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Failure - A Blessing in Disguise.

I am a Chartered Accountant by profession. The Indian Chartered Accountancy course has three levels -- even though I cleared the first two levels in my first attempt, I took a few years to clear the final one, due to a number of problems I went through at the time.

During that difficult time I remember listening to a Ted Talk by Elizabeth Gilbert on success and failure, and crying like crazy because I could relate to everything she spoke about.

She said this in her speech, which I absolutely love, and which motivated me to never give up:


The one question which people take pride in asking CAs is "How many attempts did you take?"

Forget about HRs asking that question, it's become routine for everyone to. And I've finally begun giving the correct reply "Quite a number."

I then go on to explain why -- I went through a number of problems in those few years leading up to my success in CA Final -- the most difficult one being my dad's deteriorating health and eventual demise in 2018.

The sad thing is that we were never taught in school about how failure is absolutely necessary for one's overall success in life. If we were, maybe this question would never be asked, and maybe I'd never have to explain myself.

The number of times a person has failed, lifted themselves back up and ultimately succeeded should be reason enough to admire them and not criticize them, to hire them and not demean them. Alas, we can only hope.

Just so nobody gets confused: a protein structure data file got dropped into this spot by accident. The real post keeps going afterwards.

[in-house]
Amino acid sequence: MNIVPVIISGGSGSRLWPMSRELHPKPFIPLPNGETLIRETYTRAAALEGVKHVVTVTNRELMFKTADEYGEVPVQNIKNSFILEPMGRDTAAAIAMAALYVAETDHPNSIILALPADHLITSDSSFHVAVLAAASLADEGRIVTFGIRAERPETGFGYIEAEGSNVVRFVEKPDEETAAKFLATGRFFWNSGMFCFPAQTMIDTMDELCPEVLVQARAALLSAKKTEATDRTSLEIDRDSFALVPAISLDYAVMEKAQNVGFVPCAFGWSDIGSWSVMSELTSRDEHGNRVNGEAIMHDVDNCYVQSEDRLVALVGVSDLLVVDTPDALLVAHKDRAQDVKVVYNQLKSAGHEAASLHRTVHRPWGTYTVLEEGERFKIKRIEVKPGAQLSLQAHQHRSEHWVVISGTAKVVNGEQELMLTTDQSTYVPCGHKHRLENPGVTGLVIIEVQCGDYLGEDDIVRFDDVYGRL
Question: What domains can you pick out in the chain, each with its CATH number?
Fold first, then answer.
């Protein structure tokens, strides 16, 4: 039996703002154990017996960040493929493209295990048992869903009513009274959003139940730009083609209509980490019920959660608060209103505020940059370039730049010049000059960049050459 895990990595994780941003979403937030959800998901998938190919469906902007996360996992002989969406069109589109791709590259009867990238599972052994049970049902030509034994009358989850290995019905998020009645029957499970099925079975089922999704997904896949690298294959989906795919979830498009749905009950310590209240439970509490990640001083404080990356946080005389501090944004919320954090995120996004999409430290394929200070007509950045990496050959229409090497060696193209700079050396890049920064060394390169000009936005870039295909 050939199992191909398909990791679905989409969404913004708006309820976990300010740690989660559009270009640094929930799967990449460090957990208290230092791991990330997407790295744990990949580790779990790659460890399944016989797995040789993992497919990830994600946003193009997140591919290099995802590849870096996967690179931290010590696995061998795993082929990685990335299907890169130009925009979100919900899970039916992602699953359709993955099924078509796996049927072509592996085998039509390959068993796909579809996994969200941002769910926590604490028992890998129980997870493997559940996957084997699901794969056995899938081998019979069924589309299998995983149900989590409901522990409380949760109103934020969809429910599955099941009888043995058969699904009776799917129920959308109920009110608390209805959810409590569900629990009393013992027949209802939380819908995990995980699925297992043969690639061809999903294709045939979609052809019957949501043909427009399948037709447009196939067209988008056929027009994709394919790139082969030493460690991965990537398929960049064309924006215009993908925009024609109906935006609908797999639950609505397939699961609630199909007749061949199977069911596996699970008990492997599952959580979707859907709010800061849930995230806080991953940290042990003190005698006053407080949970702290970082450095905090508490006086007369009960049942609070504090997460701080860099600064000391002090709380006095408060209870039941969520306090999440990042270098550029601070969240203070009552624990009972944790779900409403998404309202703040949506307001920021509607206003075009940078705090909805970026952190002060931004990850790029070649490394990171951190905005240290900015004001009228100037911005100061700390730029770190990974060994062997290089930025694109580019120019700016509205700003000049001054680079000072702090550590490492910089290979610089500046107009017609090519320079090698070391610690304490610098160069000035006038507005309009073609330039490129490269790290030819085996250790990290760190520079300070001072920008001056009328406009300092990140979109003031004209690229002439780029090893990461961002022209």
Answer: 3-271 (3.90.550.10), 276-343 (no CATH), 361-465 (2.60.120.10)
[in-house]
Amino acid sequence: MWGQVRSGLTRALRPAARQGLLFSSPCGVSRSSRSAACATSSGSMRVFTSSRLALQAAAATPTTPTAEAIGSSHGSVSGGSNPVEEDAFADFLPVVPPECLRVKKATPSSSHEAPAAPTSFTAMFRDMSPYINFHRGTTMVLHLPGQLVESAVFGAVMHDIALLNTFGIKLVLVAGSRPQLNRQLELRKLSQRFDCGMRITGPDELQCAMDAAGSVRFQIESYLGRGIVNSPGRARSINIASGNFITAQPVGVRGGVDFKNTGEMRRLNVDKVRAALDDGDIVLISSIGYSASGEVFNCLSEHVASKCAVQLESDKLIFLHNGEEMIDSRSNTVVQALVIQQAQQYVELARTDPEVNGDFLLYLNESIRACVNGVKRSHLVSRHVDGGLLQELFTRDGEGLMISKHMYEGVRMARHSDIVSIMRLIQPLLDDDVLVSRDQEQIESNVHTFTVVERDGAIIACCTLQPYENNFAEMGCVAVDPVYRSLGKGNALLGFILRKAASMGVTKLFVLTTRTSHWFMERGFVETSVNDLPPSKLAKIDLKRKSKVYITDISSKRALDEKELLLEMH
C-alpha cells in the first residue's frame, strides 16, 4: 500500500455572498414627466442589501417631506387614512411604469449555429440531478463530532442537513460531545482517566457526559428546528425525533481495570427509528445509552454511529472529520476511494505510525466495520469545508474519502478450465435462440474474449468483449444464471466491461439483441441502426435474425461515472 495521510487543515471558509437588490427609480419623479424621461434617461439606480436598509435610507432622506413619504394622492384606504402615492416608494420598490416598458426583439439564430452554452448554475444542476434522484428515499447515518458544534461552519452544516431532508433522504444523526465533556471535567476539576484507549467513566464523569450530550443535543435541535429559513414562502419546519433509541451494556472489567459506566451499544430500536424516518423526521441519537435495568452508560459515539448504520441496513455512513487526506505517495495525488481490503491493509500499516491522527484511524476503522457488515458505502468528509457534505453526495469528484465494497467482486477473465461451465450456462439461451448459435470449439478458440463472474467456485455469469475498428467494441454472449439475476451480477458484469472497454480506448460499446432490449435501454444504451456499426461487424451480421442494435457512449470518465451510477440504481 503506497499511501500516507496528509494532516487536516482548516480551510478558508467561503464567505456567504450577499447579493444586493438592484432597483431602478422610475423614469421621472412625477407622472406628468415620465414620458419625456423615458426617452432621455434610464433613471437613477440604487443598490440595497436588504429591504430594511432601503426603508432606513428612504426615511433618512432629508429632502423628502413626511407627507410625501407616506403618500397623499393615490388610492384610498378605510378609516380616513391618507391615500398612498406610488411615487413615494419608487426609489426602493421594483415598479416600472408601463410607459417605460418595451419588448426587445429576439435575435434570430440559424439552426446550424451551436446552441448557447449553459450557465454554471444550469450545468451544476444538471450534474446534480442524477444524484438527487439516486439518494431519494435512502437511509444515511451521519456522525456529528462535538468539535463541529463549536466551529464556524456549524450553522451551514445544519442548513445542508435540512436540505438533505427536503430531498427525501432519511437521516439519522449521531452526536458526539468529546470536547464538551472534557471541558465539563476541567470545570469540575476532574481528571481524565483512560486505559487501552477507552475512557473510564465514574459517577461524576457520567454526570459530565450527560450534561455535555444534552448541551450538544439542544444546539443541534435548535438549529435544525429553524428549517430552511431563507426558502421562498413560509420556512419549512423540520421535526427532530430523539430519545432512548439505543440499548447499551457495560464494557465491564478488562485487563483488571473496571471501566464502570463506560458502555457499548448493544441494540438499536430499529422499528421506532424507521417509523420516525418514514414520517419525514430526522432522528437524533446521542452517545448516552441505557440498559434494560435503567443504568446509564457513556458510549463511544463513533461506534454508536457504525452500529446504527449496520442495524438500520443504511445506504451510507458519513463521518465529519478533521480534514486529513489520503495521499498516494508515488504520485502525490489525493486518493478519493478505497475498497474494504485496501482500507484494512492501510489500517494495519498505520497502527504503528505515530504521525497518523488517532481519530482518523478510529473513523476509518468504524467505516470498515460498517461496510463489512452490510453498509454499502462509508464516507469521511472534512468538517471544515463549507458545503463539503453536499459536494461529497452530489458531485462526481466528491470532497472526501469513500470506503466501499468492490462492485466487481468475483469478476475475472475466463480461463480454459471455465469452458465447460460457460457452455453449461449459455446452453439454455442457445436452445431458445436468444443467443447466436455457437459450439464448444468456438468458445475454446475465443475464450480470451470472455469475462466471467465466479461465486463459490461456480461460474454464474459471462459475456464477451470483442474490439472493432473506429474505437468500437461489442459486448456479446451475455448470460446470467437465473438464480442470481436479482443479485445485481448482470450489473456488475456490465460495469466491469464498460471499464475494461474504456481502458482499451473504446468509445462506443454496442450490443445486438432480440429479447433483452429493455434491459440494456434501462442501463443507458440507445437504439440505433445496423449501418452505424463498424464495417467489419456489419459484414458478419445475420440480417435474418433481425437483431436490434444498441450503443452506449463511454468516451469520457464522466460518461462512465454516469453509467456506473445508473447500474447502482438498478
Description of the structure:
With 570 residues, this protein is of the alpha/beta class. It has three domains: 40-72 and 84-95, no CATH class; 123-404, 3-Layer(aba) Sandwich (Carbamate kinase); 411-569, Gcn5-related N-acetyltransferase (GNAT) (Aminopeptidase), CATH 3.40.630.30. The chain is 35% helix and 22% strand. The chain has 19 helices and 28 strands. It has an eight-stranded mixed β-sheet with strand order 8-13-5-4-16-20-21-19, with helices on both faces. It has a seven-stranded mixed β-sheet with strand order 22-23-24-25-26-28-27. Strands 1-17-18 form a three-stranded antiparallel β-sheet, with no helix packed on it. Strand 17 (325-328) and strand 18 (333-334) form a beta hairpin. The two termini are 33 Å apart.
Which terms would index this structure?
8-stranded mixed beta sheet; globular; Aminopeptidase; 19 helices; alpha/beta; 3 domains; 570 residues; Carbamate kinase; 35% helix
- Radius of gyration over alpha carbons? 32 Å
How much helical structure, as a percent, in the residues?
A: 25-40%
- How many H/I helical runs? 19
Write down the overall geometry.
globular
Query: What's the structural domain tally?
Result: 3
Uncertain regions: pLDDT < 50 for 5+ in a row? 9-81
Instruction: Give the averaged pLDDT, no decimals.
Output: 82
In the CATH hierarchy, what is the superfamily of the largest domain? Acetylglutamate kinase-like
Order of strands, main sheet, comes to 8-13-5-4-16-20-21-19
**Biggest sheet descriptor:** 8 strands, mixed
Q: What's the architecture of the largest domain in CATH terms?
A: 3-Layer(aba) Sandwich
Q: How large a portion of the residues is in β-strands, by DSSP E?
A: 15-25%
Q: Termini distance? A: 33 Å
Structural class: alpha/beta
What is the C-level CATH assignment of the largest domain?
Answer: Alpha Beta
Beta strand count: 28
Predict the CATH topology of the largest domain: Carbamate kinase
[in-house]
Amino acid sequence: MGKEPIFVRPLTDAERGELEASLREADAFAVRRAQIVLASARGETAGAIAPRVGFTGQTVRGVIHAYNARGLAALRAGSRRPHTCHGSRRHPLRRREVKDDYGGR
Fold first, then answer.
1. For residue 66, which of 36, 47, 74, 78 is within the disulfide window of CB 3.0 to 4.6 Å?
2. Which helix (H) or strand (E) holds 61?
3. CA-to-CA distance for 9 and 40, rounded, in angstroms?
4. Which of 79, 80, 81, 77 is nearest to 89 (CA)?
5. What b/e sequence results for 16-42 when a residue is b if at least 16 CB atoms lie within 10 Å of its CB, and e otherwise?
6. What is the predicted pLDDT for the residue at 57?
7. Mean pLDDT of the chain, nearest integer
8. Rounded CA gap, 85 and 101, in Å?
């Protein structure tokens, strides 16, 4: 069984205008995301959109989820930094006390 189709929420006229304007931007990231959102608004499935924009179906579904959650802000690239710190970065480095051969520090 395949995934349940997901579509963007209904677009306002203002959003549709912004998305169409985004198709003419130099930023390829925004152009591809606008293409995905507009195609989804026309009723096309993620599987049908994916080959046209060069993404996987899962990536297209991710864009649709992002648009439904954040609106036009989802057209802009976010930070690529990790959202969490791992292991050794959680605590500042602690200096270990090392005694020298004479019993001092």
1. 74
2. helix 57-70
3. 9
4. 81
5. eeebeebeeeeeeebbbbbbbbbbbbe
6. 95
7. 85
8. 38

P.S. I'm extremely lucky to have had a hiring manager who believed that the number of attempts a person has taken makes them an asset, not a liability. Let's learn to be more like him!


Failure can teach you more lessons than success ever can.

When I became a CA, the joy of finally achieving my childhood dream was short-lived.

Frankly, I felt embarrassed because I had cleared the exam much later than my peers. My inner critic kept telling me that the many struggles I had faced in those few years did not matter - I was a failure.

This negative tuning, which most of us possess, is mainly due to our education system and social media, which celebrate success and only success.

From the hiring manager who told me that clearing CA was no big feat, to the numerous HRs who indirectly told me that my worth was defined by the number of attempts I had taken, all of them made me believe that my inner critic was right.

But they were absolutely wrong!!

Years of introspection and healing have helped me realize that:

  • People will try to bring you down no matter how successful you are, keep miles away from them. Surround yourself with people who bring out the best in you.

  • Failure can make you stronger than you ever thought you could be. Use that strength to push forward and make a difference.

  • Stop sabotaging your progress by allowing haters to define who or what you should be.

  • Celebrate the small wins and be your biggest cheerleader, because that alone will make the big wins really count.

  • Always be humble and kind - you never know who is looking up to you.


I know for a fact that most people relate to whatever I have written, but not many will openly agree with me. I hope that this will change -- that people will learn to be proud of their failures and how far they have come despite it all.

Do check out another post I had written when I had cleared the CA Final exam, titled 'Lessons From My Journey To Becoming A Chartered Accountant.'


Thank you for reading! Stay blessed!



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